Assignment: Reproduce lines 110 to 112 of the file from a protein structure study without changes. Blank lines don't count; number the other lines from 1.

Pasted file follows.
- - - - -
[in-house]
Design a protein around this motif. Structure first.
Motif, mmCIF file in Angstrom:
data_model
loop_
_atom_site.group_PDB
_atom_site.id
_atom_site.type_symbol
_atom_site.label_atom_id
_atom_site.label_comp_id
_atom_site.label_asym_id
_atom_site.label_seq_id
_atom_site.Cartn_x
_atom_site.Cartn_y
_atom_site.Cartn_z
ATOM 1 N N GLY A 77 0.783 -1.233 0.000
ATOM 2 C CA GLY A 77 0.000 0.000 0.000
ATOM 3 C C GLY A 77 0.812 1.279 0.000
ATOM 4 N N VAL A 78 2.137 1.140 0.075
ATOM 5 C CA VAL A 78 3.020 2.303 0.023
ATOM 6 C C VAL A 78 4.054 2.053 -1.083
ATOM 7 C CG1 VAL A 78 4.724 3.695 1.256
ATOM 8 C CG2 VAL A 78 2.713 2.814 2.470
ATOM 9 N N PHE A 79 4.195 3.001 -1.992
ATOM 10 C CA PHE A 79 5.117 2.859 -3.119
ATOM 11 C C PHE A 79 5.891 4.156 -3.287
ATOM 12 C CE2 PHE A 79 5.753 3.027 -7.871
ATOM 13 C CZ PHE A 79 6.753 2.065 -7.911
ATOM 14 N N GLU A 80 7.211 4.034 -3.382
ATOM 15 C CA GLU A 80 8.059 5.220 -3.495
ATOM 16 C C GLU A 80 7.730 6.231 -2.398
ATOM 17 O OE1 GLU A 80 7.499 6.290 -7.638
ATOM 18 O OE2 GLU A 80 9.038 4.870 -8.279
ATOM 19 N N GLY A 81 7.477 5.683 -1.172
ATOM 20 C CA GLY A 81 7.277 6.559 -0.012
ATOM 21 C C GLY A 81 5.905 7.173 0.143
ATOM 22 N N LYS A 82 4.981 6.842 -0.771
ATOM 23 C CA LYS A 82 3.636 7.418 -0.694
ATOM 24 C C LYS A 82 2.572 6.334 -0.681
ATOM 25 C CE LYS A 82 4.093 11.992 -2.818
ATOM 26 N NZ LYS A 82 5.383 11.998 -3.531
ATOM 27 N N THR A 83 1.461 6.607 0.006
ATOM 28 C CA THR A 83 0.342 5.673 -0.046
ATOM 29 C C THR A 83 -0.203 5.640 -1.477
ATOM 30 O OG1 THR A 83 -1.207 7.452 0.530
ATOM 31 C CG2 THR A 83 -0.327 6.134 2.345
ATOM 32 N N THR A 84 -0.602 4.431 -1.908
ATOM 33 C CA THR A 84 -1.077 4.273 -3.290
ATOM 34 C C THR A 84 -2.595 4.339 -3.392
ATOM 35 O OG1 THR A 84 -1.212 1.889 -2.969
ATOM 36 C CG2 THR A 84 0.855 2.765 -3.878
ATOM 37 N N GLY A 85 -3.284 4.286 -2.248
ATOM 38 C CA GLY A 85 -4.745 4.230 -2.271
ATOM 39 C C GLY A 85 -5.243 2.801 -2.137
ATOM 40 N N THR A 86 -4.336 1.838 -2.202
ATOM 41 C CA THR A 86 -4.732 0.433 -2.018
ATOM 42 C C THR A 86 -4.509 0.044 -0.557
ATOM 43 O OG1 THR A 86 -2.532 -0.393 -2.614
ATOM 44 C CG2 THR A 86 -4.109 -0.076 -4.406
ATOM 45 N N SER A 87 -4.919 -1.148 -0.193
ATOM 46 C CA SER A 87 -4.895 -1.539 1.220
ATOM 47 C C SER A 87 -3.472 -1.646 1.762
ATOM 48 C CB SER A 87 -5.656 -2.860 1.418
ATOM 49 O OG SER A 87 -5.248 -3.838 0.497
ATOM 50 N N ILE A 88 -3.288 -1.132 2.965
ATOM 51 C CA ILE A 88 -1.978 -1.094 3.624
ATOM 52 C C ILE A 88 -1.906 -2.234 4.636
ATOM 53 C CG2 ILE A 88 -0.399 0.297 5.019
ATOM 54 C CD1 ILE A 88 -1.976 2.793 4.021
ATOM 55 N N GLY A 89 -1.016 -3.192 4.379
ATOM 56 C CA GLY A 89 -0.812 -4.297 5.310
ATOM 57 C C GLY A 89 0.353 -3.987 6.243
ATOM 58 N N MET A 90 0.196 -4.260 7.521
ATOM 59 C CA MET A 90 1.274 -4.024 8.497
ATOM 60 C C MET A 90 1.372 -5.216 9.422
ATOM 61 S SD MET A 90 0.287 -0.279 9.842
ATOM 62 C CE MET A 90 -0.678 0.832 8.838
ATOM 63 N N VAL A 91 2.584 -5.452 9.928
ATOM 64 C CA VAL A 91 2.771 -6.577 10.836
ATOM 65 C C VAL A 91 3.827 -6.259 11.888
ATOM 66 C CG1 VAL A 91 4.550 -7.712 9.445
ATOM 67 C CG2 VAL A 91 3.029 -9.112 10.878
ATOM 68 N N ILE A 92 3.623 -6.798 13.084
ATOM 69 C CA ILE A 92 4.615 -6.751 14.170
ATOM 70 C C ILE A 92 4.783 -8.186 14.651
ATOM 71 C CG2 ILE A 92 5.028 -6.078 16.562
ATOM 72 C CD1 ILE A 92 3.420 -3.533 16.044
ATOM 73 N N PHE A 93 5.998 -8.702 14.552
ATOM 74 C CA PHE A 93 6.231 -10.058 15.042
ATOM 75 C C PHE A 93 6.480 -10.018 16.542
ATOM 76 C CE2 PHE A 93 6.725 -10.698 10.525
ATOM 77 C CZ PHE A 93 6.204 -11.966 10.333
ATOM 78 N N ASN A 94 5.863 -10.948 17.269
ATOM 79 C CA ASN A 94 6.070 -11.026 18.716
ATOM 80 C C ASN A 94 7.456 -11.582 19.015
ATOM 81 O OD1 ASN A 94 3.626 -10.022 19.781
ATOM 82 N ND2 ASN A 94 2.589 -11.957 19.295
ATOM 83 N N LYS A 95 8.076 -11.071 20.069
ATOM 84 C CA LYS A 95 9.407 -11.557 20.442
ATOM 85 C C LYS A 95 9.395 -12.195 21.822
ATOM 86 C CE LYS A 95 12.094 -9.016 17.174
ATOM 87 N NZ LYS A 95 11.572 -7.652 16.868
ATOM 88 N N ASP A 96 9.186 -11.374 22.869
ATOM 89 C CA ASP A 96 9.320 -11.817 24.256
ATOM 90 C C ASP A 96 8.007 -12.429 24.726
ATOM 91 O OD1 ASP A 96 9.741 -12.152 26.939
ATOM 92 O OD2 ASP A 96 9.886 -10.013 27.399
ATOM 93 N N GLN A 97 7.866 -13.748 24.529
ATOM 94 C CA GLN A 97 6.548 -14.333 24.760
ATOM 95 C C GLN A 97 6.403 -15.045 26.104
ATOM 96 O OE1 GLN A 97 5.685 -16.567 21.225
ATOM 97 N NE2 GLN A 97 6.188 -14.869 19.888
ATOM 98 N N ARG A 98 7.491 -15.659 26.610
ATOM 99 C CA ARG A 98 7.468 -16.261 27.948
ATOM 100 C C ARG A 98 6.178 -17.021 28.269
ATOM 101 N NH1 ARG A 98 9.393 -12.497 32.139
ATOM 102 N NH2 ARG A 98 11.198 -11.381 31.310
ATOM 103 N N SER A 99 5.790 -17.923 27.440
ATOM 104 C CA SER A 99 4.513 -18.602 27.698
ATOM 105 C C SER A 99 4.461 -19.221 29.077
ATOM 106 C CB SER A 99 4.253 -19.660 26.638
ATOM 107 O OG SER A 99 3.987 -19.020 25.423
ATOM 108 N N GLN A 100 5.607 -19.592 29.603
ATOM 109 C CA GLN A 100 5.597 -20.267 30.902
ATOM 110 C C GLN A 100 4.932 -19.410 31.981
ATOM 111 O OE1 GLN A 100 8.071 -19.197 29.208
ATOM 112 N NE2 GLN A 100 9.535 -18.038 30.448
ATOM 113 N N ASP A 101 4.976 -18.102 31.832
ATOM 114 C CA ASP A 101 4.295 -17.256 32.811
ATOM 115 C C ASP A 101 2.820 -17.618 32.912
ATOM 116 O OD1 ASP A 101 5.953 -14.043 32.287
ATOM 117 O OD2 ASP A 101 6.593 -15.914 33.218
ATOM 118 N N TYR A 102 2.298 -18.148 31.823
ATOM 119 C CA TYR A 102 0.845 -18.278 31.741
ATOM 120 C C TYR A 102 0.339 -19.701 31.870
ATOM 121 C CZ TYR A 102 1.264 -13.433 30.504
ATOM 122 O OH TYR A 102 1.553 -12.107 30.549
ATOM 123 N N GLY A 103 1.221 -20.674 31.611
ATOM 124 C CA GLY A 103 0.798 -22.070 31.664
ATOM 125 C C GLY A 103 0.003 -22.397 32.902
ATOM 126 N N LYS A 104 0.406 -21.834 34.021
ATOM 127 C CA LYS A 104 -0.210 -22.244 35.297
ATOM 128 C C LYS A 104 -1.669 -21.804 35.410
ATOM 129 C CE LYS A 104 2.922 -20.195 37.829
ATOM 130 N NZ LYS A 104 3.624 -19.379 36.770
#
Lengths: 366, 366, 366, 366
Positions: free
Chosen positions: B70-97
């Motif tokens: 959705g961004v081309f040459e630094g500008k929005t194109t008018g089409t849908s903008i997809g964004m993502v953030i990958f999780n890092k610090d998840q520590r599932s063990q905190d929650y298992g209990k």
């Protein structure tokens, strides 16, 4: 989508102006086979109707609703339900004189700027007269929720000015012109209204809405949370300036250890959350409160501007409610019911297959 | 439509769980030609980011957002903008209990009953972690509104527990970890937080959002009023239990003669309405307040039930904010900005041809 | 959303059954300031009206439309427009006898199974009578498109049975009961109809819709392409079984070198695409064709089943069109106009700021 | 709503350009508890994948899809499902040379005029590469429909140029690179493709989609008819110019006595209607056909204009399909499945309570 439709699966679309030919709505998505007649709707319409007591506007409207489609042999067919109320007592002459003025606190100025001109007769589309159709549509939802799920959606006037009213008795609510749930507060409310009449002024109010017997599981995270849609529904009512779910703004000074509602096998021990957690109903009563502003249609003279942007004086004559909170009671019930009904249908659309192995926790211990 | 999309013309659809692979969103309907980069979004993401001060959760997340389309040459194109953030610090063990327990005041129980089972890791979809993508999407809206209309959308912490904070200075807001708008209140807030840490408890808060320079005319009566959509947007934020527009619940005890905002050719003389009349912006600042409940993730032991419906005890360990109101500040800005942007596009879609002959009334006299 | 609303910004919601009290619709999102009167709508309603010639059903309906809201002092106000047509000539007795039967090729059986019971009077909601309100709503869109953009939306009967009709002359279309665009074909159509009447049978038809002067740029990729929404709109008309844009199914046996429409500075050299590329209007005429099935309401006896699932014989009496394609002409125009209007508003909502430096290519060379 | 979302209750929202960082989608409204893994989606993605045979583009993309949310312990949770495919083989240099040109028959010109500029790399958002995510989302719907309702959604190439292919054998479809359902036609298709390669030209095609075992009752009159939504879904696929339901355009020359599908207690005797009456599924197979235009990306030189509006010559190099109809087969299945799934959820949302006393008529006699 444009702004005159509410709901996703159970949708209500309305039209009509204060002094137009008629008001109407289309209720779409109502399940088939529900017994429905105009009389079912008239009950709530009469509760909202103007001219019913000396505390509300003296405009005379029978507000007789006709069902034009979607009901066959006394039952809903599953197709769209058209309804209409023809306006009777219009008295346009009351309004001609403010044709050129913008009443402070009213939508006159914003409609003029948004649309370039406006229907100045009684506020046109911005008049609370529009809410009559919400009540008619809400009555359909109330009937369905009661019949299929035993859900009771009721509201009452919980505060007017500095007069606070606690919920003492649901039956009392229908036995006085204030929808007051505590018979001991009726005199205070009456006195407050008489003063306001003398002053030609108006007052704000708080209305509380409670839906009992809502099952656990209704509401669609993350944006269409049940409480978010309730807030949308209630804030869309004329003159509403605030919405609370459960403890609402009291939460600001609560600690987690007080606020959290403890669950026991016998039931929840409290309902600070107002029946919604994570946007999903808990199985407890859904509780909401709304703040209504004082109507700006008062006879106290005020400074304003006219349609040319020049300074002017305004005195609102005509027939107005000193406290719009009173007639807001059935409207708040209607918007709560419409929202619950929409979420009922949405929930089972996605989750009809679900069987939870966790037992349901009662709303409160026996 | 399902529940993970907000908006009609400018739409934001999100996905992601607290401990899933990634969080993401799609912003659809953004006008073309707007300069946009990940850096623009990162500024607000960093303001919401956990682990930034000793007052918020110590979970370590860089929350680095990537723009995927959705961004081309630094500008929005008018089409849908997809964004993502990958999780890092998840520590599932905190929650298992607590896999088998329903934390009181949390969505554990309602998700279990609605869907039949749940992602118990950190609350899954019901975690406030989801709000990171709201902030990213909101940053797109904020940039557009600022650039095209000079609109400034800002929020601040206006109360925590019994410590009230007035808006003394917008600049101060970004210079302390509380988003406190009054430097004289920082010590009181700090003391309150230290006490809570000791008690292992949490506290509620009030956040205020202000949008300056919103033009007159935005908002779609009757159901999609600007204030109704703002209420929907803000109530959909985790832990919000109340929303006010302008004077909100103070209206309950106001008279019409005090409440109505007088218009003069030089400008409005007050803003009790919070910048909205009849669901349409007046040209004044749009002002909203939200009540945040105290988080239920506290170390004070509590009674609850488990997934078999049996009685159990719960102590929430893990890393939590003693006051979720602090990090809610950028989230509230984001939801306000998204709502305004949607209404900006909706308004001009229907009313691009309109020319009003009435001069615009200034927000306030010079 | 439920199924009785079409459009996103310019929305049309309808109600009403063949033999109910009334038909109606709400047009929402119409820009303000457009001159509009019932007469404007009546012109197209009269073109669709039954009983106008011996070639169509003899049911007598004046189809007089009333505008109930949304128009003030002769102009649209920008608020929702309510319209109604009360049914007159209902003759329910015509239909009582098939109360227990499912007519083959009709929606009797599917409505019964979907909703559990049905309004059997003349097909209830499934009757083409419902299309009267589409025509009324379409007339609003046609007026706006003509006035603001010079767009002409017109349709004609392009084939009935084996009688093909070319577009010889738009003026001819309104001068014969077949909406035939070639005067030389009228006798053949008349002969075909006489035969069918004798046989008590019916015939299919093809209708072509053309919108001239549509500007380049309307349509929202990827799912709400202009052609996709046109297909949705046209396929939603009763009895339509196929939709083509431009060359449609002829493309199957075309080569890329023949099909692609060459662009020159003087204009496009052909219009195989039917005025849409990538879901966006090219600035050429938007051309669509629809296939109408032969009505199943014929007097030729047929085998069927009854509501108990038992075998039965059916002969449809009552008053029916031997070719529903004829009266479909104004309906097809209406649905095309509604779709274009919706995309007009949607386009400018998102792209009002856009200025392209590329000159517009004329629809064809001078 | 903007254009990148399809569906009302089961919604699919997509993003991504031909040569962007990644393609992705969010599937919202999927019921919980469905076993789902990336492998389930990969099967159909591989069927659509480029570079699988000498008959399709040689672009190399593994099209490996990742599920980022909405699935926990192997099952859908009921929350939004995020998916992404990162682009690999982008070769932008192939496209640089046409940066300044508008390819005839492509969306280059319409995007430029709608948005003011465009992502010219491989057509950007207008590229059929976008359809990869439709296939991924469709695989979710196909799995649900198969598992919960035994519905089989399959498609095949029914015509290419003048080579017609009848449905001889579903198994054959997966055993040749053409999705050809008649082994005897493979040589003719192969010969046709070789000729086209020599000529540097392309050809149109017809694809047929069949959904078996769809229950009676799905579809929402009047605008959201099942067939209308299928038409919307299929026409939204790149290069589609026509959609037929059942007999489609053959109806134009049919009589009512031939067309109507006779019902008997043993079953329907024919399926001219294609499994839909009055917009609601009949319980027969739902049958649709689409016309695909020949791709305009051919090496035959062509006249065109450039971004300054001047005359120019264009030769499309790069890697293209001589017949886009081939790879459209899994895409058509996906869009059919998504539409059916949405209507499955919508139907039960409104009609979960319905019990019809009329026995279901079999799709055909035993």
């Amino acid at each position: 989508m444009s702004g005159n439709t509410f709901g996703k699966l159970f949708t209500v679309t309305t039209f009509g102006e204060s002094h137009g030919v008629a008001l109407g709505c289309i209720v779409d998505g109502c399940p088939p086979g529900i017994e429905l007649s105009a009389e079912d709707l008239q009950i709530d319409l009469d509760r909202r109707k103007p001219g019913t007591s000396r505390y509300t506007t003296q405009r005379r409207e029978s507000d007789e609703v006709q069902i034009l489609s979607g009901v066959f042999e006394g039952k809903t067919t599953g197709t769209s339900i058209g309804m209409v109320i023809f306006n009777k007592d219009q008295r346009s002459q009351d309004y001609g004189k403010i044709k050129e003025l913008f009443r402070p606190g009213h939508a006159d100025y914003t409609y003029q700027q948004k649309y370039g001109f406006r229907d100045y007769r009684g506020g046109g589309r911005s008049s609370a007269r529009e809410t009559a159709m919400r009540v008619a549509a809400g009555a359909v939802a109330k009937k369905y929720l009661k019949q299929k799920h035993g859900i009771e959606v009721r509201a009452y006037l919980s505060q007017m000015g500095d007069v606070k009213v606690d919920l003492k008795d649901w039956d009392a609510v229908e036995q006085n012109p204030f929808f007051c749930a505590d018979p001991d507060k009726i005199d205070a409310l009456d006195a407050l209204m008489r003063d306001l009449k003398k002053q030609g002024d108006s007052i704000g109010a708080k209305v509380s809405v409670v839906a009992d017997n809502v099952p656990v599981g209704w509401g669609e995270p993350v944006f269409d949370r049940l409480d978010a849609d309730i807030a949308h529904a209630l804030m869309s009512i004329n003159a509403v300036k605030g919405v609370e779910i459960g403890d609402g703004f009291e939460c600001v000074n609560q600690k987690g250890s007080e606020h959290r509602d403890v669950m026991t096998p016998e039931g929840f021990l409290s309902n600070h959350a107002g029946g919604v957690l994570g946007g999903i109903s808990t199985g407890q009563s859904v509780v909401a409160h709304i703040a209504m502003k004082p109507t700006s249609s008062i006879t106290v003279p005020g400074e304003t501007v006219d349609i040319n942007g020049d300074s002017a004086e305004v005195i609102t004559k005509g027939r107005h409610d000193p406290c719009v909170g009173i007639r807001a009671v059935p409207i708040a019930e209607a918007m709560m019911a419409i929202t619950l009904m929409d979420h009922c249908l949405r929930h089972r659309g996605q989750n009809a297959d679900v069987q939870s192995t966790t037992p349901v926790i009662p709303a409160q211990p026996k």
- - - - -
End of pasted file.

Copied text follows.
ATOM 95 C C GLN A 97 6.403 -15.045 26.104
ATOM 96 O OE1 GLN A 97 5.685 -16.567 21.225
ATOM 97 N NE2 GLN A 97 6.188 -14.869 19.888